It's major weakness is that it only really works if one is already familiar with the data relevant to the decision, or, failing that, being able to quickly identify and collect the data needed to make the decision. A prerequisite is that one has to make peace with the fact that one will never have all of the data to make a perfect decision.

-MacS
This x1000. I consistently see corporate security approaches that involve a checklist for low-level security personnel to revert to during an incident. The issue I have with this, is that by the time senior staff capable of making decisions finally get involved, the threat environment has already changed and we're behind the curve. This has caused severe latency in the development of any action plan, and the resulting outcome is always less than desirable. This may not pertain to everyone's situation though.
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Old 17 April 2018, 00:26
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While it may be impossible to foresee every possible event in one's future, when I complete the set tasks before me I use the luxury of my remaining time to ponder the possibilities of the future, not in an effort to have a precise response programmed within myself, but to have a general azimuth as to what direction has proven itself to be more effective in totality.

A careful reexamination of any shortcomings in my personal and professional life allow me to continually adjust the compass. When the heat is on, I don't look for a detailed map, I simply run toward to the needle that's been set and reset over the many years of experience.
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Old 17 April 2018, 00:43
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Quote:
Originally Posted by DaveP View Post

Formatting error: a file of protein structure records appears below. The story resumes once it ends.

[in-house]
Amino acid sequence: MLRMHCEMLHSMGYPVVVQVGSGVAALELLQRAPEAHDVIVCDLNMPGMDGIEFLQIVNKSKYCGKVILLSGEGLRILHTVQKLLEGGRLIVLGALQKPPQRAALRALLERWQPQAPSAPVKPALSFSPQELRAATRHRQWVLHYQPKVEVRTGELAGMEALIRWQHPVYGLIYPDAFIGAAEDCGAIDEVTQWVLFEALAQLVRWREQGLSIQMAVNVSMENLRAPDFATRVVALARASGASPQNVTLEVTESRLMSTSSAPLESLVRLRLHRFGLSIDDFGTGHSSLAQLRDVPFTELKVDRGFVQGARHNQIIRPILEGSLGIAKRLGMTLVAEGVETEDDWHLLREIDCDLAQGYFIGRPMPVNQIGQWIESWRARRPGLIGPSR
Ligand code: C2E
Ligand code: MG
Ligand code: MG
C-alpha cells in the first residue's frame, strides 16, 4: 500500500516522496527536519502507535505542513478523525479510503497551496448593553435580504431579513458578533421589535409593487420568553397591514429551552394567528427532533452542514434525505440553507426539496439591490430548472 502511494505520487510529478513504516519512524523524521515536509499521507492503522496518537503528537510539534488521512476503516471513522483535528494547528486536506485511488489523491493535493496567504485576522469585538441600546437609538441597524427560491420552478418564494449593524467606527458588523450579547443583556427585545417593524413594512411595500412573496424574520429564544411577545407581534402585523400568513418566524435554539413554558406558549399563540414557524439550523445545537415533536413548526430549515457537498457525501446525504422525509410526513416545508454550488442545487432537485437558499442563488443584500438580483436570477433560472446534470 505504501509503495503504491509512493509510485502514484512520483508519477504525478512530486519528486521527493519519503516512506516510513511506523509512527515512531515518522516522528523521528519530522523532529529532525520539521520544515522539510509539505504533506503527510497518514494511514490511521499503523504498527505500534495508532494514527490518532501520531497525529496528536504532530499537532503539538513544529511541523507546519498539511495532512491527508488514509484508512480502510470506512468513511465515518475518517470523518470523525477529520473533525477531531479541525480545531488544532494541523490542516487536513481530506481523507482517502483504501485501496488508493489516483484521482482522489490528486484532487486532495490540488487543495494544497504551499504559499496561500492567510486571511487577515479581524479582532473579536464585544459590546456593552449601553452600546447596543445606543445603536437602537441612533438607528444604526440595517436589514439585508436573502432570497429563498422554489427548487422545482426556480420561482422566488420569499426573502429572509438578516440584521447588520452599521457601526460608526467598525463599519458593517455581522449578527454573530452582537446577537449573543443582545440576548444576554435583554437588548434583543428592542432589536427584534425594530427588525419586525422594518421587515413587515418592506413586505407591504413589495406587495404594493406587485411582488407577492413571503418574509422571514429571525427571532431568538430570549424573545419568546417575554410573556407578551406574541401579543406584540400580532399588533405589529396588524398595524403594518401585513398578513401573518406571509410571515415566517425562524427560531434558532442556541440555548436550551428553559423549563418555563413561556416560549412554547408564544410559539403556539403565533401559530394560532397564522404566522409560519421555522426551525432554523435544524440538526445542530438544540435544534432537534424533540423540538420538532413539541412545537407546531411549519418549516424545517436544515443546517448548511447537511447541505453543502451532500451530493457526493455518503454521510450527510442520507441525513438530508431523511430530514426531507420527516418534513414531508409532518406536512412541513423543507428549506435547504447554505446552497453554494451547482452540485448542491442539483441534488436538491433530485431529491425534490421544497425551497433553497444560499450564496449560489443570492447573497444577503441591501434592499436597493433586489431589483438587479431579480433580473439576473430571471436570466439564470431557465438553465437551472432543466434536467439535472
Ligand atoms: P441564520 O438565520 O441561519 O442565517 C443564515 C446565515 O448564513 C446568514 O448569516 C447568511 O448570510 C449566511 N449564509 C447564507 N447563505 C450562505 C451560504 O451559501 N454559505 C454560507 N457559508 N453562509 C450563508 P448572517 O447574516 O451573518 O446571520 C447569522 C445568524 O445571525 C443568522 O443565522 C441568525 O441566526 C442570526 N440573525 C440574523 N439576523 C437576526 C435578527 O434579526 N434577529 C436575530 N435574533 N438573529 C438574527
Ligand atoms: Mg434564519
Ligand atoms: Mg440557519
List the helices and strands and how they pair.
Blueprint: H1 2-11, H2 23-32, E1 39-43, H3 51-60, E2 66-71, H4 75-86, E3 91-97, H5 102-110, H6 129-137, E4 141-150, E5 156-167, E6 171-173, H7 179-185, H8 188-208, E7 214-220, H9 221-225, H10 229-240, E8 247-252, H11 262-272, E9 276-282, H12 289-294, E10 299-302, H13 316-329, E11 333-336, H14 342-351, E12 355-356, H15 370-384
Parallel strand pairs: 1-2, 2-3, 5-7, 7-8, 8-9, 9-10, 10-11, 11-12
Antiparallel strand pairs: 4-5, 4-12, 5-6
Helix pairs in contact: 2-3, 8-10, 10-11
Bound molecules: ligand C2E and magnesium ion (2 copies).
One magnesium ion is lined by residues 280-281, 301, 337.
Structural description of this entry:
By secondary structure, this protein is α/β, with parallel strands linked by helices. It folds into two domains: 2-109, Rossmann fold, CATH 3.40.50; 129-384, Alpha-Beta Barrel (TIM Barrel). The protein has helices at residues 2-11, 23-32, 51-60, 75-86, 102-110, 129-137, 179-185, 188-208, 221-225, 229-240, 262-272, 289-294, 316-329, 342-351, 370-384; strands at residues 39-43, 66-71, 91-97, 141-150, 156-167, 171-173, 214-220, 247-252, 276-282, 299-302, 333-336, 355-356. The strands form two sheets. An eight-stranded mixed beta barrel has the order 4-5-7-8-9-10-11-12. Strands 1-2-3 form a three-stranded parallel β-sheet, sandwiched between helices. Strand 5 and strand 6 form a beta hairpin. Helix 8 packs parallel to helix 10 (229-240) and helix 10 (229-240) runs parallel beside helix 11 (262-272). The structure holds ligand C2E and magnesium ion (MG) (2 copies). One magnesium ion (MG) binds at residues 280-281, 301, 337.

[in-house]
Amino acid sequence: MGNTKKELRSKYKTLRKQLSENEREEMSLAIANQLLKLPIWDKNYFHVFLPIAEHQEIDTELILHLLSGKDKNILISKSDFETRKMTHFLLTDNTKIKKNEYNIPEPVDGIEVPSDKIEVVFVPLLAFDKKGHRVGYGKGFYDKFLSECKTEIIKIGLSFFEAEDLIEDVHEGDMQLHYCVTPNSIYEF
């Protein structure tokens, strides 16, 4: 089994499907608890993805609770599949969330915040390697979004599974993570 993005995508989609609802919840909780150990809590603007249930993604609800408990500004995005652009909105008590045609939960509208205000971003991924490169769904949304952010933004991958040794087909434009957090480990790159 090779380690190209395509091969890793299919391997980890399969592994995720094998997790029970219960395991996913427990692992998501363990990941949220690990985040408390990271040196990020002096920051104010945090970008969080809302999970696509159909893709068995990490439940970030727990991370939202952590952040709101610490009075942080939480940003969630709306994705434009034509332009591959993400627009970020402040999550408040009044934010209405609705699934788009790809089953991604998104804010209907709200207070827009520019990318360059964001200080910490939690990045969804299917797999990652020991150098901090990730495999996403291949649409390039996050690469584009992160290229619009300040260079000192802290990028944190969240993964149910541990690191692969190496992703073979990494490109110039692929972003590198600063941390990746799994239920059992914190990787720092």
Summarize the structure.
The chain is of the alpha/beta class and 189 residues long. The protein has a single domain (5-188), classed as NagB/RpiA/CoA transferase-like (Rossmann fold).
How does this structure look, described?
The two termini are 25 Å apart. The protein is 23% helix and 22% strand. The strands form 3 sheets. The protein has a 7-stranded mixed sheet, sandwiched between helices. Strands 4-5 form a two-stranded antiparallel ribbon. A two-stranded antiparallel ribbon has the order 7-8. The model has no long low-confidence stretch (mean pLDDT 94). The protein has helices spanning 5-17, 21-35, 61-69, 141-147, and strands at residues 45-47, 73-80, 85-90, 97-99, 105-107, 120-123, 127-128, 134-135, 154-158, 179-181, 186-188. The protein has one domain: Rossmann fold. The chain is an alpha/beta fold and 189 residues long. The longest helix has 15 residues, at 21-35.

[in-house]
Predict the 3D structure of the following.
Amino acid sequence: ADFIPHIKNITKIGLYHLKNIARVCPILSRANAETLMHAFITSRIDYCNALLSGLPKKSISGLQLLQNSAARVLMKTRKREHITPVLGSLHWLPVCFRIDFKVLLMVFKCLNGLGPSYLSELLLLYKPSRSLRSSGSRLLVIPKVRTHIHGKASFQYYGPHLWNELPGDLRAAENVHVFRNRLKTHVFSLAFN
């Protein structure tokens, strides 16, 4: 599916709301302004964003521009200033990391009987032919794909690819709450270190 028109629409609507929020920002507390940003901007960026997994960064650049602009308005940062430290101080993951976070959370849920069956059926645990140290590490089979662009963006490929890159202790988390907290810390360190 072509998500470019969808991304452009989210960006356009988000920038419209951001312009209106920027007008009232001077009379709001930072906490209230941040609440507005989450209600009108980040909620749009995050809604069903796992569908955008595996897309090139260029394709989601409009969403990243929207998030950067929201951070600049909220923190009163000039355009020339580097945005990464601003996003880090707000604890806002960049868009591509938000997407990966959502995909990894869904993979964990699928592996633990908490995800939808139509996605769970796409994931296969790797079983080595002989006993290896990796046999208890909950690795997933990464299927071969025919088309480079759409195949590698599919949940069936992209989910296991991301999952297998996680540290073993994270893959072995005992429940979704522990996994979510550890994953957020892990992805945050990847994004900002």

1RS, I think you and the TFG speak to the same thing? Putting urgency up against available information.
Do I need a better decision, or do I need the best decision I can make right now?

It's a little different than Brandeis' 51%, but it still comes down to getting traction without the time/effort/emotion sink of rehashing it to oblivion.
Until things go pear-shaped and then you recalculate.
Tricky balance - can you teach/hone it or do professions requiring it self-select?

ET1/ss nuke, thanks for that bearing; didn't look there but will correct that. I was just marveling at how many views the book threads have.

DaveP

It can be taught, but again I was in a profession where the audience was self selected. Still, those selected many didn't make the cut. At least w/o retraining.

As for decisions that allow time to consider the outcome. Many things have to be taken into consideration:

What's the desired outcome/end state
Risk management
Research
Cost/budget

Wow! This could be a long list. Smarter guys will add on.
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Old 17 April 2018, 01:25
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Quote:
Originally Posted by Maverick View Post
This x1000. I consistently see corporate security approaches that involve a checklist for low-level security personnel to revert to during an incident. The issue I have with this, is that by the time senior staff capable of making decisions finally get involved, the threat environment has already changed and we're behind the curve. This has caused severe latency in the development of any action plan, and the resulting outcome is always less than desirable. This may not pertain to everyone's situation though.